Scientists are investigating bone health in elite athletes as part of a study that aims to find new ways to stave off injury. The Nottingham Trent University research, joint funded with the English Institute of Sport, will examine the effects of nutrient intake on bone health in athletes.
The researchers will focus their attention on stress fractures, a common injury in elite and professional athletes caused by repeated stress on the bone. Over time this constant loading affects the ability of the bone to repair itself, leading to micro-cracks in bones such as the tibia, metatarsals, or femur.
A stress fracture can result in at least five weeks of missed training and competitions for elite athletes.
Now researchers from the university’s School of Science and Technology intend to examine the effects of different nutrients and supplements on bone health, which haven’t previously been investigated in relation to this issue.
The study will involve the use of scanning technologies to look at changes in athletes’ bones over time.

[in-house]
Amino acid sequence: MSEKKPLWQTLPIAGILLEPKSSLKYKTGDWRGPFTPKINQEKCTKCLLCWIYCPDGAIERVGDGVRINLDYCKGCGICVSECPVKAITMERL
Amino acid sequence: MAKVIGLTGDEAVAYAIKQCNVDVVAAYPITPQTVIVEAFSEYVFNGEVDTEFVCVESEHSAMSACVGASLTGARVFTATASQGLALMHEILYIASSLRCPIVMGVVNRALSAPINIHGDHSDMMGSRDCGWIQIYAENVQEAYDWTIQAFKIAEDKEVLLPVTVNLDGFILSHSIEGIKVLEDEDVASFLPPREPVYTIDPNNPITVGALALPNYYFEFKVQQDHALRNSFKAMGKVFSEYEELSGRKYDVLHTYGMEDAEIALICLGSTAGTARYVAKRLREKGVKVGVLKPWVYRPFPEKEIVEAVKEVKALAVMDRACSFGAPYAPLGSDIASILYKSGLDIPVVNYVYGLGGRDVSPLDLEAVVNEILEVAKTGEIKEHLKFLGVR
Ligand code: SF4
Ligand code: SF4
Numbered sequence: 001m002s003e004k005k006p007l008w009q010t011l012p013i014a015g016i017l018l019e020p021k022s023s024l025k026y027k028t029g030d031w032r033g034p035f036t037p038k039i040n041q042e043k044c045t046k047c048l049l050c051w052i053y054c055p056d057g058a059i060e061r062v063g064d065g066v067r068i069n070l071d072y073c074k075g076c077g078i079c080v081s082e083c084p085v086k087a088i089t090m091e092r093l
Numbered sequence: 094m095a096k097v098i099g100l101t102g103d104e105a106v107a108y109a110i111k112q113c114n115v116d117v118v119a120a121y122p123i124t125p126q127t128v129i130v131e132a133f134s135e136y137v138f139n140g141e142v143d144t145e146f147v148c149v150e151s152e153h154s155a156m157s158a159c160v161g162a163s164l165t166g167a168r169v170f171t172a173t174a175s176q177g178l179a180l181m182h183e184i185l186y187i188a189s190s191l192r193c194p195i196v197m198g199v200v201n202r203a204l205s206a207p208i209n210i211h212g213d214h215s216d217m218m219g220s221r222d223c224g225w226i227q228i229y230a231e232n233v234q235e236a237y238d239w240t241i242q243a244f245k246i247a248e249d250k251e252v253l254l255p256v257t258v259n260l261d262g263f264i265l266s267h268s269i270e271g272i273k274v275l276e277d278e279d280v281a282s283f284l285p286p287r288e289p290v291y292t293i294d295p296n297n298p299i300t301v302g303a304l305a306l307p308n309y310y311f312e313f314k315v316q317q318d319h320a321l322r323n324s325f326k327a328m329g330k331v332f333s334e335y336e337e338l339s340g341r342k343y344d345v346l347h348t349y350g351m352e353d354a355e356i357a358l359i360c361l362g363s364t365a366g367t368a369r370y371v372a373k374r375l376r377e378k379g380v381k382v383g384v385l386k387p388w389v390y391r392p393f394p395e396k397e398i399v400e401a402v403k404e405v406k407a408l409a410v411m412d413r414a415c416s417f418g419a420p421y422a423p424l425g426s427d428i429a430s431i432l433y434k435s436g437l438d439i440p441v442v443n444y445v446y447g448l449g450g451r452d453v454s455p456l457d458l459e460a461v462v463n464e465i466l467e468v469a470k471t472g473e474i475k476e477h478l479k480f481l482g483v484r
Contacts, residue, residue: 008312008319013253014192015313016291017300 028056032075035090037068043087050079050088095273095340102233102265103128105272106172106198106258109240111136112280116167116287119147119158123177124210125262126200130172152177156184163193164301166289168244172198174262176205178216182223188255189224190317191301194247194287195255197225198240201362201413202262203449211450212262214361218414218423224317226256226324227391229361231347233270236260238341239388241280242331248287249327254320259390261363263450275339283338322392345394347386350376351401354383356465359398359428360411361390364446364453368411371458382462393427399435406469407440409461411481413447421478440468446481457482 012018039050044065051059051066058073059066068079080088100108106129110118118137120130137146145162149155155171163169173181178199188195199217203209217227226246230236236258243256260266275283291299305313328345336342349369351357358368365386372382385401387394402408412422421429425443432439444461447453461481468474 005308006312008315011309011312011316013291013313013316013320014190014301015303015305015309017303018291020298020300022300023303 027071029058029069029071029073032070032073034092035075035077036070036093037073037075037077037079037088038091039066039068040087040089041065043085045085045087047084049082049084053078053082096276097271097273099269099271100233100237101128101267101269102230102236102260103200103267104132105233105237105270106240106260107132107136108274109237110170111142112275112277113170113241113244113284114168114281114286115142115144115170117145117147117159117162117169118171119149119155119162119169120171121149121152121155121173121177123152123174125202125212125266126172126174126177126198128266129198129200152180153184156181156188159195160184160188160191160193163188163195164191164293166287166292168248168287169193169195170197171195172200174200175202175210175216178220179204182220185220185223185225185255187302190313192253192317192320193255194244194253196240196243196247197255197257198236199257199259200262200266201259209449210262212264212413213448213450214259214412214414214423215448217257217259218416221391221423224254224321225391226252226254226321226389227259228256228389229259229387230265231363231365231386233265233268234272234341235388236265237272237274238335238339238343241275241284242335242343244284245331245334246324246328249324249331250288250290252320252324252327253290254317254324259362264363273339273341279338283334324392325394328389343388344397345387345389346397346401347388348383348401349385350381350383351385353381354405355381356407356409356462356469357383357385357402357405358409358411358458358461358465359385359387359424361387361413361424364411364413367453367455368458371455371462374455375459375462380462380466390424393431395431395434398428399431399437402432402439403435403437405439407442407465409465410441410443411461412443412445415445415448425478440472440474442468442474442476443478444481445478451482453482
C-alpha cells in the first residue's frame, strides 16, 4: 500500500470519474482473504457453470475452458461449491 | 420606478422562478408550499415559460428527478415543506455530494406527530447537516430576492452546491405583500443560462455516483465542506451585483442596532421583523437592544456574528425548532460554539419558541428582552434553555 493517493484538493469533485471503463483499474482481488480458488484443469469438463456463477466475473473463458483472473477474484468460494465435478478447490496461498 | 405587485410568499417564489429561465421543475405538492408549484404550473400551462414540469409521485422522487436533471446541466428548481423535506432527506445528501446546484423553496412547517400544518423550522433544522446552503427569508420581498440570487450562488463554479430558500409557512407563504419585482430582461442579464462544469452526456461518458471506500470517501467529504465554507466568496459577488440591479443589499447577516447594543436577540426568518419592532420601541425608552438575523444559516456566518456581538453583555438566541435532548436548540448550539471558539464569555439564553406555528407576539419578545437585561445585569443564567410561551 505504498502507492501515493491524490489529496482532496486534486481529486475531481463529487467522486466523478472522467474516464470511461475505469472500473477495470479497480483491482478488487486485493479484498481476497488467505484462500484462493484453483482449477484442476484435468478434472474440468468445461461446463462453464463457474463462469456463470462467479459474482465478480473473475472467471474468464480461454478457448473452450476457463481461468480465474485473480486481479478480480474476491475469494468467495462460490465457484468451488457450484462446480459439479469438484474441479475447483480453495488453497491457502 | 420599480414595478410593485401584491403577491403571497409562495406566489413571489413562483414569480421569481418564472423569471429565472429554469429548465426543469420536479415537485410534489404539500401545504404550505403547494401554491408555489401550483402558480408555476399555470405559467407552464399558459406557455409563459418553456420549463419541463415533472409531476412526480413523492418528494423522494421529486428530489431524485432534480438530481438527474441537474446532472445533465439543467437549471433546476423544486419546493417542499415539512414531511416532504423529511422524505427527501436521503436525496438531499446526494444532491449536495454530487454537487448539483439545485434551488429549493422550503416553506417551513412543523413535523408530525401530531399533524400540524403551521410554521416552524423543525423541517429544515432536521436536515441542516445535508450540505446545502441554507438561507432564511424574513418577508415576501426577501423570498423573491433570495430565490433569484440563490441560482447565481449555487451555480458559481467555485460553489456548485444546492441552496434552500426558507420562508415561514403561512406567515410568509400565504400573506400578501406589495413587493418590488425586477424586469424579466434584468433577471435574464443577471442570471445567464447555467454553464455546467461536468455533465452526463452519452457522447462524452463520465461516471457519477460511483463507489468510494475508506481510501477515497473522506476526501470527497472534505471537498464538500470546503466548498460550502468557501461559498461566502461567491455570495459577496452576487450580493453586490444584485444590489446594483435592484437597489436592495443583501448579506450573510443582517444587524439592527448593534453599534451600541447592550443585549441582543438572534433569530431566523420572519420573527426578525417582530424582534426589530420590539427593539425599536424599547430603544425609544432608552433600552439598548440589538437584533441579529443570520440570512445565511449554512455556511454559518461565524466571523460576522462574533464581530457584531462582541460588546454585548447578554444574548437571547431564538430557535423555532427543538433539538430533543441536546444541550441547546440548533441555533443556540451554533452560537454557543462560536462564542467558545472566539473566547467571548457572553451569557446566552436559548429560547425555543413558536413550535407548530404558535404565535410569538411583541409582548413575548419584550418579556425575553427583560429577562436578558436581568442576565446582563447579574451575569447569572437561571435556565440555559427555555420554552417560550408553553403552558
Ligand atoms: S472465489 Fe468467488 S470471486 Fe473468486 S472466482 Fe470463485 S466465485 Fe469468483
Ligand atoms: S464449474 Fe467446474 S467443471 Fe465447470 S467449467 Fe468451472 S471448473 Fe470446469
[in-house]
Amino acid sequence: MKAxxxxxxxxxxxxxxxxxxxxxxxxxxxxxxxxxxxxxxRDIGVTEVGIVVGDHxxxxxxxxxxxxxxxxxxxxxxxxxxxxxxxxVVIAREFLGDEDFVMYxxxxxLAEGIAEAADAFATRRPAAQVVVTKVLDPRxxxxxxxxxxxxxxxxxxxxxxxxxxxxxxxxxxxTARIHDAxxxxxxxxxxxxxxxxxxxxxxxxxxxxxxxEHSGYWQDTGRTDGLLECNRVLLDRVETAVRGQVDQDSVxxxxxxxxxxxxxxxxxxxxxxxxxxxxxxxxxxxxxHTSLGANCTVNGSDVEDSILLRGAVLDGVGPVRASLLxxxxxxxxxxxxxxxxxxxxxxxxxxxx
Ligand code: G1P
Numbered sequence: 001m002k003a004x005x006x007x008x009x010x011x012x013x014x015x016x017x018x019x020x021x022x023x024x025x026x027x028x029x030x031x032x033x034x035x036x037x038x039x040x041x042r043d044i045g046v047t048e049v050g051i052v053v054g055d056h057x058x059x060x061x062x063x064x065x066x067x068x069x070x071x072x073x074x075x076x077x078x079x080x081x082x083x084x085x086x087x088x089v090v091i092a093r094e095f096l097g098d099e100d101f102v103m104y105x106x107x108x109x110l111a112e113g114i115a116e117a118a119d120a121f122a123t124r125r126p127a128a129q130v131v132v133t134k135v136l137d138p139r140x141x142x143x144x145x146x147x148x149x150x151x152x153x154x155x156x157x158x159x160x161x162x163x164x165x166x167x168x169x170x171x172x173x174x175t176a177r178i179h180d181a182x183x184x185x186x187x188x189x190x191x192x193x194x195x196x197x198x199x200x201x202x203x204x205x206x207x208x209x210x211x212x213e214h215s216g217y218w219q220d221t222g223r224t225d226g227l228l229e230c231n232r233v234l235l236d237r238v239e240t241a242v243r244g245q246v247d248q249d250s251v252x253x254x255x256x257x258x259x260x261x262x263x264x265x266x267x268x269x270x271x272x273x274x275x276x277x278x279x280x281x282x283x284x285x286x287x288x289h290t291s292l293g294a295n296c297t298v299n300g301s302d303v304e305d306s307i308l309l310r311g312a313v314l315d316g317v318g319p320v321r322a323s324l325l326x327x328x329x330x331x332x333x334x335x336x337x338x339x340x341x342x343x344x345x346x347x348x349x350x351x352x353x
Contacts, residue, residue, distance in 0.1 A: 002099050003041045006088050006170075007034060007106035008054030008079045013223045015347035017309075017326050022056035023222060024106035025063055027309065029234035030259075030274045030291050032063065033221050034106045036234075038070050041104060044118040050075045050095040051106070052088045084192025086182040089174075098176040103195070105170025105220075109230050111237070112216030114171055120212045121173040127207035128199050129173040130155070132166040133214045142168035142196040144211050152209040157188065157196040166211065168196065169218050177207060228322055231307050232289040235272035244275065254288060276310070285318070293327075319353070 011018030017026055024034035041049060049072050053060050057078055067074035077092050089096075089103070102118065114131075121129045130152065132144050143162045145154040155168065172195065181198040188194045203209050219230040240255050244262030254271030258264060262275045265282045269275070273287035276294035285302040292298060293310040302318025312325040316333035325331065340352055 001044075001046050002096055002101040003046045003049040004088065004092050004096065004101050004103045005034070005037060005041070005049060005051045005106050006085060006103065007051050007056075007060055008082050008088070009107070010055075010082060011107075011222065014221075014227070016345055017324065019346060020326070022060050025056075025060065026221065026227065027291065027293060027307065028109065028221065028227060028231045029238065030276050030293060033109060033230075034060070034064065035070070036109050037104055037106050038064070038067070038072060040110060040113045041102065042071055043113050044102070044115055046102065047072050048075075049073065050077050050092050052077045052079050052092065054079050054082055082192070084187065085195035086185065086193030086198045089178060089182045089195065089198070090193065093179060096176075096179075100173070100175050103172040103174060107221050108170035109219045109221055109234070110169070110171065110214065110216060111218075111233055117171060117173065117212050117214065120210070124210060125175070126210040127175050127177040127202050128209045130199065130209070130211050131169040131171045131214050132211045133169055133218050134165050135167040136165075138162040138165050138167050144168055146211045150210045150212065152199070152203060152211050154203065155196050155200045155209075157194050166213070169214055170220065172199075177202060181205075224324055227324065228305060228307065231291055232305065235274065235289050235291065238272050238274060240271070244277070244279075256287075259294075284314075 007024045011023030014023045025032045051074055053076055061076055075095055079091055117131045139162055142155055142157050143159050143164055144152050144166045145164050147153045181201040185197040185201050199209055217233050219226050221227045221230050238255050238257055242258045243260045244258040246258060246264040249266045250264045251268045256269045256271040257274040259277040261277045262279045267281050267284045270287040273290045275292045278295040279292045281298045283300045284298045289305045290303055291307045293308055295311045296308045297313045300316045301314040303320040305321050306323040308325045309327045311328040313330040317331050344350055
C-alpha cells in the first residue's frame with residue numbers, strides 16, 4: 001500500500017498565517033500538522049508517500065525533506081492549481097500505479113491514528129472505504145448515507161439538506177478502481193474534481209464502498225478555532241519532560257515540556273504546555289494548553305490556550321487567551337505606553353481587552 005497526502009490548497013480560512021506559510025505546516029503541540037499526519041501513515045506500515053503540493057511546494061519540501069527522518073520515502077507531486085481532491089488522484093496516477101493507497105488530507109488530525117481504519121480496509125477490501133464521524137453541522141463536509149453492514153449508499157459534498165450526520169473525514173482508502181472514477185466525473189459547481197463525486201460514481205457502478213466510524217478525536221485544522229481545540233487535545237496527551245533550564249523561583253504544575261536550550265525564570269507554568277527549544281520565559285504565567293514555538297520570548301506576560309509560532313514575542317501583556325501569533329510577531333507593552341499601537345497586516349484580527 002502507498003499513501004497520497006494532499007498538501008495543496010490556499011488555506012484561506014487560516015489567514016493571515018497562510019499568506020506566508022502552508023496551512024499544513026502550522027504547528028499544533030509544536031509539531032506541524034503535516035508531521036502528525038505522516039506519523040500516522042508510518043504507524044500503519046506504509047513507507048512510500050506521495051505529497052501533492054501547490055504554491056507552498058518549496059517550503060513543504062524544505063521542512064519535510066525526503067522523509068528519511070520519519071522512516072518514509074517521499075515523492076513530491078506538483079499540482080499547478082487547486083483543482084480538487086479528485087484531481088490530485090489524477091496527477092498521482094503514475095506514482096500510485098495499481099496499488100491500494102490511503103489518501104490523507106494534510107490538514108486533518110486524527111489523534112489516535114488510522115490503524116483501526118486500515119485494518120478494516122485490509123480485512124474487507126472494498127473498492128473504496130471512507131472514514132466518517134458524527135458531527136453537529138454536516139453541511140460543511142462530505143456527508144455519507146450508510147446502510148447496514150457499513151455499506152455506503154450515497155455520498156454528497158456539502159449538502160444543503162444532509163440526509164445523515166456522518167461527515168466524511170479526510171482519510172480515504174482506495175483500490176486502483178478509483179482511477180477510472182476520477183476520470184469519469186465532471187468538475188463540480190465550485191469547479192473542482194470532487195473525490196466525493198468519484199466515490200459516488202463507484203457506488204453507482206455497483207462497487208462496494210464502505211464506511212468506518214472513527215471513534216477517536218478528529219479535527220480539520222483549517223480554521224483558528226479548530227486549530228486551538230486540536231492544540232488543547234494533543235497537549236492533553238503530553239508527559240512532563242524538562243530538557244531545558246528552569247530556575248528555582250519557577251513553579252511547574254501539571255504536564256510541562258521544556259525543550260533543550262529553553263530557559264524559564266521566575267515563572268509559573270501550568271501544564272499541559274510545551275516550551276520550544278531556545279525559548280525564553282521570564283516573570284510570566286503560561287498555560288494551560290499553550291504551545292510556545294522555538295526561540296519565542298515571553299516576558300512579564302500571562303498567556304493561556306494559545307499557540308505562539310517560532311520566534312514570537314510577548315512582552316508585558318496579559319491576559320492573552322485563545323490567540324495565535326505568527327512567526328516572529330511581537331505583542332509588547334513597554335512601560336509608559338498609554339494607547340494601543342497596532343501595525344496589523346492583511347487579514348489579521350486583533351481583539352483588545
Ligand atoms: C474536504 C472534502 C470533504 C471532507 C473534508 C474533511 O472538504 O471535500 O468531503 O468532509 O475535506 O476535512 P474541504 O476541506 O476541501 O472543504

The work hopes to uncover vital clues which could play a key role in keeping elite athletes injury-free for longer – as well as helping them to recover faster – and help to shape future nutritional intake of the UK’s elite sport stars.
“Being able to keep our elite athletes free of this type of injury, particularly in an important competition year, would be a significant achievement,” said Nottingham Trent University researcher Dr Craig Sale.
He said: “Not having to miss several weeks’ training due to an injury such as this could have a major impact in the UK’s future sporting success. Improving long-term bone health to reduce the risk of injury and speed up recovery is essential.”
Dr Kevin Currell, Head of Performance Nutrition at the English Institute of Sport, said: “Within the EIS Performance Nutrition service one of our key impact areas is giving elite athletes more time to train by tailoring their nutrition needs to do everything we can to prevent illness and injury.
“This research will help us understand more about the interaction between nutrition and bone and give us valuable knowledge which we can then apply with the athletes we work with.”